- Video Games
- About Us
In the first arc of Lazarus, Jonah Carlyle and his sister Johanna plotted to overthrow Malcolm, the patriarch of the family, while also killing the protector of the family – a genetically-modified solider raised from birth to kill. In the world of this story, this kind of soldier is called a “Lazarus” and Forever Carlyle, the Lazarus of the Carlyle family, was targeted by Jonah and Johanna. Their plot failed and Johanna claimed Jonah was behind the whole thing, causing him to flee the family. In Lazarus #10 we find out what happened to Jonah.
He fled to another powerful family, the Hock empire, seeking to trade his knowledge for asylum and power. However, he is not greeted as openly as he expected. Jakob Hock does not prize what Jonah has to offer because he rightly sees that Jonah never really had an important role in the Carlyle family, so his knowledge is pretty useless. However, Hock knows that Malcolm Carlyle will not allow one of his children – even a disloyal one like Jonah – to be in the hands of an enemy. So Jonah is still useful to Hock as an object.
Consequently, Jonah is treated more like a prisoner than a guest. He is beaten by guards, hosed down, force-fed a pill that makes him passive, and eventually loses a finger to an experiment Jakob conducts to make himself younger. Much of the first half of this issue is wordless, but it’s still pretty powerful to see a character, even an unlikeable one like Jonah, treated so harshly. It’s hard to take a heel and make him sympathetic, but Rucka and Lark do it by stripping Jonah of all his power.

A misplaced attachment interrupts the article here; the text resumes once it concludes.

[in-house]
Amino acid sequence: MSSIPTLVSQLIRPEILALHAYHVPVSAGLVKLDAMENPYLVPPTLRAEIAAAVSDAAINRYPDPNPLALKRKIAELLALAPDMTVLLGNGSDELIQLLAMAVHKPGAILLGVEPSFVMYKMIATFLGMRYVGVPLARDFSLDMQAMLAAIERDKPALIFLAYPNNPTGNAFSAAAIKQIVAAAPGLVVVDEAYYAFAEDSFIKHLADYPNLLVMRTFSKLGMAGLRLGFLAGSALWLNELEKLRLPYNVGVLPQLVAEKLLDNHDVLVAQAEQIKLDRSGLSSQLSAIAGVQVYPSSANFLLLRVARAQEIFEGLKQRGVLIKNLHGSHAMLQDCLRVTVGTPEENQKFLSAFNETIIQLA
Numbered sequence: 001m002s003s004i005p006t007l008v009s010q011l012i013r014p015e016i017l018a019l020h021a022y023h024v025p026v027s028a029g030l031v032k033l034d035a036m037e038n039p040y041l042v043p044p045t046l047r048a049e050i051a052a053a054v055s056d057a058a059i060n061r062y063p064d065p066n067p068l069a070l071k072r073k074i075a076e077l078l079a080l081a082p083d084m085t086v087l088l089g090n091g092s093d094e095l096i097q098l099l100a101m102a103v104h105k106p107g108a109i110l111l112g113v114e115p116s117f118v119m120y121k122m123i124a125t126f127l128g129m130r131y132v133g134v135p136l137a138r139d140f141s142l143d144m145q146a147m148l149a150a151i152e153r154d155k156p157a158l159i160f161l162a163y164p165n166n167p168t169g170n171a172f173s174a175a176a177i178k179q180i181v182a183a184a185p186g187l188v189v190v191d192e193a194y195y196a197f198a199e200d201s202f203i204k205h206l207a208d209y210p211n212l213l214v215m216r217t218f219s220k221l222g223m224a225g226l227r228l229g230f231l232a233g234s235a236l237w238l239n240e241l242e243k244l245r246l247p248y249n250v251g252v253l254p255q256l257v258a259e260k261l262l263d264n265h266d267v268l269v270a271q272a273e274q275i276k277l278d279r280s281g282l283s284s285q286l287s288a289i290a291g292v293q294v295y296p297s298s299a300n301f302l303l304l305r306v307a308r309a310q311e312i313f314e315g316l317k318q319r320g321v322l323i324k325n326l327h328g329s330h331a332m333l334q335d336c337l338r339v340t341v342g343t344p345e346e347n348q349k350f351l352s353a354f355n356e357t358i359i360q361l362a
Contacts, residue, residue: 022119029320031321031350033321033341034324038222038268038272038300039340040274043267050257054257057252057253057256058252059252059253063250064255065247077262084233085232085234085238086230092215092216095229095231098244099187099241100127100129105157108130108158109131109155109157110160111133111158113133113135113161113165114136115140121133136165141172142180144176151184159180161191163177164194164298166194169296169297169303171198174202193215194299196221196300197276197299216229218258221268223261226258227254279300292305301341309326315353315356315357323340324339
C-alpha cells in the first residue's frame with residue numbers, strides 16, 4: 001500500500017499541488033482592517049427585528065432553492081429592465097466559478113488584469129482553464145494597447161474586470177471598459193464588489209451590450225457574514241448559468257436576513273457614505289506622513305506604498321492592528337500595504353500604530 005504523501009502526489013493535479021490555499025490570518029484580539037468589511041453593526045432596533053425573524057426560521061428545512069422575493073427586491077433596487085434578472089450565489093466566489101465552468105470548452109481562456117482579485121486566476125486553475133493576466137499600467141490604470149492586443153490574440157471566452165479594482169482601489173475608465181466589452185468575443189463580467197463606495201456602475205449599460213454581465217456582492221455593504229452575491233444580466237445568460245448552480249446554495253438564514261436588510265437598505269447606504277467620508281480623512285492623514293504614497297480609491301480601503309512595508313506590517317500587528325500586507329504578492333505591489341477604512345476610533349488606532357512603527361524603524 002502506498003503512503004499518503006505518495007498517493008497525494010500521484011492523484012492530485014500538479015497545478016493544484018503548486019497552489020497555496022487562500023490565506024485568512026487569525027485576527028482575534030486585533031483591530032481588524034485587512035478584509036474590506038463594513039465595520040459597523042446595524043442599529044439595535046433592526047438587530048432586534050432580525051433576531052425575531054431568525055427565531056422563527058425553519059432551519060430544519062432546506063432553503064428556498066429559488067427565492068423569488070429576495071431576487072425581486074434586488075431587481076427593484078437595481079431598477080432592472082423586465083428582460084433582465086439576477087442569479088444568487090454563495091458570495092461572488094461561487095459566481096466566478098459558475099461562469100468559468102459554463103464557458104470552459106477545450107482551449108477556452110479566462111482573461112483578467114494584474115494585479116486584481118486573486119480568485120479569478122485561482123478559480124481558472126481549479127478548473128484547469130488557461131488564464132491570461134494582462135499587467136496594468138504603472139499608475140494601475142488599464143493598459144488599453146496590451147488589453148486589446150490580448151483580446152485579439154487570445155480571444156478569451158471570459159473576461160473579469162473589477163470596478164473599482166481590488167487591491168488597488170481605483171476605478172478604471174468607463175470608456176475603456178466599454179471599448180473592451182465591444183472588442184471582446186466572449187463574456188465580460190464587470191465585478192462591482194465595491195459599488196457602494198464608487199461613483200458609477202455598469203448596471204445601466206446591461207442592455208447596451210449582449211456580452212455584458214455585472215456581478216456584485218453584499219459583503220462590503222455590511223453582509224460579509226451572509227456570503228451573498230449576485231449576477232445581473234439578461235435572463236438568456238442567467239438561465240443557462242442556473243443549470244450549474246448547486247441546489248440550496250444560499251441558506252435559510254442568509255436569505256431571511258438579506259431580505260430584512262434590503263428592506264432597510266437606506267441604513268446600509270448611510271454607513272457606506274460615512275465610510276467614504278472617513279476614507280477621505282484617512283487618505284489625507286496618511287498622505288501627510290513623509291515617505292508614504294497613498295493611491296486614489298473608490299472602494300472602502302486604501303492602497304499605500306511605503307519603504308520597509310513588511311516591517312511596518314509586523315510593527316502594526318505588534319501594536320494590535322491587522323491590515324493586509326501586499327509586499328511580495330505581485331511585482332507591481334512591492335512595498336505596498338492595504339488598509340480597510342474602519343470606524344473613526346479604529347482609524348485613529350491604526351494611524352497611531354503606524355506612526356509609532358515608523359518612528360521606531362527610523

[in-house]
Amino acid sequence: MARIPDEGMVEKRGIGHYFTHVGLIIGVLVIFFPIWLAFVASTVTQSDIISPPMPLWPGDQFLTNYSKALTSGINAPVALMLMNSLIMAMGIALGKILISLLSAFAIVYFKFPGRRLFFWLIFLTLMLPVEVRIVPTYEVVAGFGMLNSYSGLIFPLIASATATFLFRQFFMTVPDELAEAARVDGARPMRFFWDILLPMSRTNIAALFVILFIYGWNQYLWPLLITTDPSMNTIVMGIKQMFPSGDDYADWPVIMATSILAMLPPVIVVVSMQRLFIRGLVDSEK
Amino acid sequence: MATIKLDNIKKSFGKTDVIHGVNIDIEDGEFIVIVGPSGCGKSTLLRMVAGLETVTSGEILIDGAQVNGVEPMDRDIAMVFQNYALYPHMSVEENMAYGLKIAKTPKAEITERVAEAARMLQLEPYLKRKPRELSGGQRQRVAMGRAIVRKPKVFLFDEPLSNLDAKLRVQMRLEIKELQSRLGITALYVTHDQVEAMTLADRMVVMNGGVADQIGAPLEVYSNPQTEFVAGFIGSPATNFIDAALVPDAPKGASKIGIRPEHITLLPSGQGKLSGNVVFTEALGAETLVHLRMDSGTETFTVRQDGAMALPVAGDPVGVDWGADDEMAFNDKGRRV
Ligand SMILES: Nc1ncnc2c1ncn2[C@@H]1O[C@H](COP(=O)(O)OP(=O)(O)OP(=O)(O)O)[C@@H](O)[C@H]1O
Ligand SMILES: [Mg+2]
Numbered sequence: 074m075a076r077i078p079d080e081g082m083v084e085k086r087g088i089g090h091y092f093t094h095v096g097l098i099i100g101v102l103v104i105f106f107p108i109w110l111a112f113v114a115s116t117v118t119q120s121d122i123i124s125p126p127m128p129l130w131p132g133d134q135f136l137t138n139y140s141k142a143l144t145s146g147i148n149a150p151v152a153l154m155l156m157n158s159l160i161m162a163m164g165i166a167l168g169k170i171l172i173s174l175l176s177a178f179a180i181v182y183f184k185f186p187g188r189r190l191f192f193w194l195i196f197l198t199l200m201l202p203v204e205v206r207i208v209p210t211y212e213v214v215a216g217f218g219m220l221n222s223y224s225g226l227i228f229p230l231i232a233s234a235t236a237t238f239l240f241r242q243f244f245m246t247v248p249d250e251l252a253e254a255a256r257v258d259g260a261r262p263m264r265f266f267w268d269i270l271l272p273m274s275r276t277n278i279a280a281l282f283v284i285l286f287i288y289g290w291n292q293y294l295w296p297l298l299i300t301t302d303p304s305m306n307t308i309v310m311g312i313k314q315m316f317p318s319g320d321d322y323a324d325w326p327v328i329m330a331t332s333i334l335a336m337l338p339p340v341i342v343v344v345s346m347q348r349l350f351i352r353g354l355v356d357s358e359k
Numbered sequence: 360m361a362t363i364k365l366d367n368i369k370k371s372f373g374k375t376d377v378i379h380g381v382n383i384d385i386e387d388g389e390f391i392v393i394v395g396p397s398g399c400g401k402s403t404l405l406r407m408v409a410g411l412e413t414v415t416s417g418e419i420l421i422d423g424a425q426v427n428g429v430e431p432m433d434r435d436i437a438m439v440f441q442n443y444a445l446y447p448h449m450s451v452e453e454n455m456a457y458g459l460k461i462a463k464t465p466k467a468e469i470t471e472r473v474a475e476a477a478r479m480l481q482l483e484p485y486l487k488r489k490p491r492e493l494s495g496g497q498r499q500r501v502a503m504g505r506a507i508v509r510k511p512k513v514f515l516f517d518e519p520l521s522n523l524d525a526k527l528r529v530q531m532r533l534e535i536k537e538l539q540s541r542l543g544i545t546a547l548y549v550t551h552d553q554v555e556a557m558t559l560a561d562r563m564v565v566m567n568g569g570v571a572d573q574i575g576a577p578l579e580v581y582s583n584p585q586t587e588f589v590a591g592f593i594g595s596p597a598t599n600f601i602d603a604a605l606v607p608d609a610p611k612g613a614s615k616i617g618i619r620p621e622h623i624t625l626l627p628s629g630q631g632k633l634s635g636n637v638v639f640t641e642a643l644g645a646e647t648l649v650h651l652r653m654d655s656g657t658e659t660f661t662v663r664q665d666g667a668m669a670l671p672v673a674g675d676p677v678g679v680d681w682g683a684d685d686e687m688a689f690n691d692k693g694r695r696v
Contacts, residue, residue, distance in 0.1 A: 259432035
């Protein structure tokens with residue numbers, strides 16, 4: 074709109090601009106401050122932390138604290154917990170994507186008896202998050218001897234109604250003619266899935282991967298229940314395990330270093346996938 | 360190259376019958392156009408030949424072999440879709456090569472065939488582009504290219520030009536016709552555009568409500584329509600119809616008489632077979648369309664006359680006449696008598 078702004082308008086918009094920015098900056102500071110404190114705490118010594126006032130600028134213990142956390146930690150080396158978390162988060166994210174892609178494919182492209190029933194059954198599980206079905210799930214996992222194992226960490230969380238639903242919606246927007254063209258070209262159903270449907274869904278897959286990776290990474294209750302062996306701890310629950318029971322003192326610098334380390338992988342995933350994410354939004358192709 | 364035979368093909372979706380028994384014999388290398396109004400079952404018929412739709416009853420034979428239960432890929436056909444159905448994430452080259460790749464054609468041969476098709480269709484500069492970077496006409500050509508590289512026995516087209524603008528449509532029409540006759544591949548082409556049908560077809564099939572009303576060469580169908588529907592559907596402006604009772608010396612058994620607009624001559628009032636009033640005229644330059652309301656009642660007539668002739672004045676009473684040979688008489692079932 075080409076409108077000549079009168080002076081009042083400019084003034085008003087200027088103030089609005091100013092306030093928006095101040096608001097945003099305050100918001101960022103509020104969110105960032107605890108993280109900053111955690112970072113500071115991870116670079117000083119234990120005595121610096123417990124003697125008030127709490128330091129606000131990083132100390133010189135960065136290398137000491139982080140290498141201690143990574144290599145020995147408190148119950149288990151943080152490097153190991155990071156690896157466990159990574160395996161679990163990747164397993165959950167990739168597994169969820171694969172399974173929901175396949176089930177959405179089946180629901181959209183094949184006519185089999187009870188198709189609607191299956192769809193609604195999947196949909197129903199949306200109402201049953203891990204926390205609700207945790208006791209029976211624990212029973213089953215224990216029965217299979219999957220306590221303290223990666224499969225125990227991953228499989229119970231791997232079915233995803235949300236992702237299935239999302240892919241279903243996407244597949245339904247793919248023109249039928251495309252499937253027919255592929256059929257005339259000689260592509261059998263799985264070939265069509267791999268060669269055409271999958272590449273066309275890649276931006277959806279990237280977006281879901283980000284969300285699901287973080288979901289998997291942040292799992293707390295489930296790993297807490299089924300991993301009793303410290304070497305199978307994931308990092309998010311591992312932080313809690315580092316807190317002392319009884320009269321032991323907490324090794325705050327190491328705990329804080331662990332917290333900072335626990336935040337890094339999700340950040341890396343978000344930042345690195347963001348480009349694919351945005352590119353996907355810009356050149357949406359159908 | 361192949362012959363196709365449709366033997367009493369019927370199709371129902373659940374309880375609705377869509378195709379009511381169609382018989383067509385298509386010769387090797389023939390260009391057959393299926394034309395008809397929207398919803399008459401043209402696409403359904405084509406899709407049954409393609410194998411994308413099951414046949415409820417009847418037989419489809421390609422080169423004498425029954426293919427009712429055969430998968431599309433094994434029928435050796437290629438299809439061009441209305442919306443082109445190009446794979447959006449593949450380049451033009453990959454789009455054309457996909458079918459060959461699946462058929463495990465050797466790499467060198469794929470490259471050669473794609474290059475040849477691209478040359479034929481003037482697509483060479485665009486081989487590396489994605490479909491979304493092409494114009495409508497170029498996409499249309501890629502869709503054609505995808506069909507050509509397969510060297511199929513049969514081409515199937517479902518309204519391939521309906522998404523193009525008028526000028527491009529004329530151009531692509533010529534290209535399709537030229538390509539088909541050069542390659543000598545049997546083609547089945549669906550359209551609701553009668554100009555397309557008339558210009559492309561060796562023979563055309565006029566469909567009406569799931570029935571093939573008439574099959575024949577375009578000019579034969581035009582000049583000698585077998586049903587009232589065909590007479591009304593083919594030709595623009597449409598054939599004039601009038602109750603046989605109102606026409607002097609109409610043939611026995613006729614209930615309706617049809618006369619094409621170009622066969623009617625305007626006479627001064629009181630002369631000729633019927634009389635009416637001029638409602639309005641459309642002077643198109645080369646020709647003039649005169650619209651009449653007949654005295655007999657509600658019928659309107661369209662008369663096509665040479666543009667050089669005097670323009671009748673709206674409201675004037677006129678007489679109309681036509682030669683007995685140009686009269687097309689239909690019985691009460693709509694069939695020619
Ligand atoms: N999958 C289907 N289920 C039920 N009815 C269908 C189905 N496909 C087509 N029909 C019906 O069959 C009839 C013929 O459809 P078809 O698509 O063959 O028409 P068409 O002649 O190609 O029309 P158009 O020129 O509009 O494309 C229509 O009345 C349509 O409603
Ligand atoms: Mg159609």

The best thing about this issue, though, is the way that it opens up the “universe” of Lazarus. So far in the series, we’ve only received small glimpses of what’s happening outside the Carlyle lands. We’ve only really met one of the other powerful families – The Morrays. We learn in this issue that the Morrays have teamed up with the Hocks. And Jakob has a plan to bring other families into an alliance that will destroy the Carlyles. Many of the recent issues have been focused on the “waste,” regular people without any influence or power, so it’s nice to take a 180 degree turn and look at the power running this world.
Michael Lark (with assistance by Brian Level) and colors from Santi Arcas does a great job of building that outside world. We see New York City, and there are some similarities but also a lot of differences. Lark also shows us in this one issue the huge range of human experiences that happen in this dark world. Jonah goes from sitting naked in a holding cell to meeting Jakob in his penthouse before winding up in an operating room.
Lazarus has a lot of strong things going for it, but it can occasionally veer too far into exaggerated dystopia, which happens at times in this issue. The world of the Hock empire, with its propaganda posters and announcements as well as its “medicines” is straight out of Brave New World. I think a more subtle touch in the dystopia – as even handled in this series previously – is much more effective. Some of the elements of the Hock are almost comical in their extremity, showing a dystopia that is quite hard to imagine.
Still, I’m intrigued by the glimpse readers are getting of the other families in Lazarus. Having already survived an assault from within his own family (and still with the traitorous Johanna inside), will Malcolm Carlyle and Forever be able to take a unified front from other powerful families? This seems to be the next big move for the series, one that seems like it will lead to some strong future issues of Lazarus.